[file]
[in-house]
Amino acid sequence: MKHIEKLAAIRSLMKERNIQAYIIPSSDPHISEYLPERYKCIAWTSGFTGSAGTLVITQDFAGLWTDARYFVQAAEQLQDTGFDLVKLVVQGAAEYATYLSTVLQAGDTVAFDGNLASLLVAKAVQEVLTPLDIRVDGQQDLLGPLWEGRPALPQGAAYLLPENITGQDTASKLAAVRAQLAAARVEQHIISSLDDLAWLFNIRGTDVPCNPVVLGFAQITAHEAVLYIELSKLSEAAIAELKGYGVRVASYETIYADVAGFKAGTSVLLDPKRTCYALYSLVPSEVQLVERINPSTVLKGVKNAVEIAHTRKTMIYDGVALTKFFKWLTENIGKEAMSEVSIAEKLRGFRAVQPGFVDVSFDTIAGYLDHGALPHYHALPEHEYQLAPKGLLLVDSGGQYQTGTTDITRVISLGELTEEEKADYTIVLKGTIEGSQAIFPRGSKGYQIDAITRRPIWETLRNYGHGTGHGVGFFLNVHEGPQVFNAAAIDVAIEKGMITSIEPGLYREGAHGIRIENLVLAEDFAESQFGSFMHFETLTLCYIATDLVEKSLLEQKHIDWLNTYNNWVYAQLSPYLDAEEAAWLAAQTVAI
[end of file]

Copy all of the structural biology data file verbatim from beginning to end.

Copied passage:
[in-house]
Amino acid sequence: MKHIEKLAAIRSLMKERNIQAYIIPSSDPHISEYLPERYKCIAWTSGFTGSAGTLVITQDFAGLWTDARYFVQAAEQLQDTGFDLVKLVVQGAAEYATYLSTVLQAGDTVAFDGNLASLLVAKAVQEVLTPLDIRVDGQQDLLGPLWEGRPALPQGAAYLLPENITGQDTASKLAAVRAQLAAARVEQHIISSLDDLAWLFNIRGTDVPCNPVVLGFAQITAHEAVLYIELSKLSEAAIAELKGYGVRVASYETIYADVAGFKAGTSVLLDPKRTCYALYSLVPSEVQLVERINPSTVLKGVKNAVEIAHTRKTMIYDGVALTKFFKWLTENIGKEAMSEVSIAEKLRGFRAVQPGFVDVSFDTIAGYLDHGALPHYHALPEHEYQLAPKGLLLVDSGGQYQTGTTDITRVISLGELTEEEKADYTIVLKGTIEGSQAIFPRGSKGYQIDAITRRPIWETLRNYGHGTGHGVGFFLNVHEGPQVFNAAAIDVAIEKGMITSIEPGLYREGAHGIRIENLVLAEDFAESQFGSFMHFETLTLCYIATDLVEKSLLEQKHIDWLNTYNNWVYAQLSPYLDAEEAAWLAAQTVAI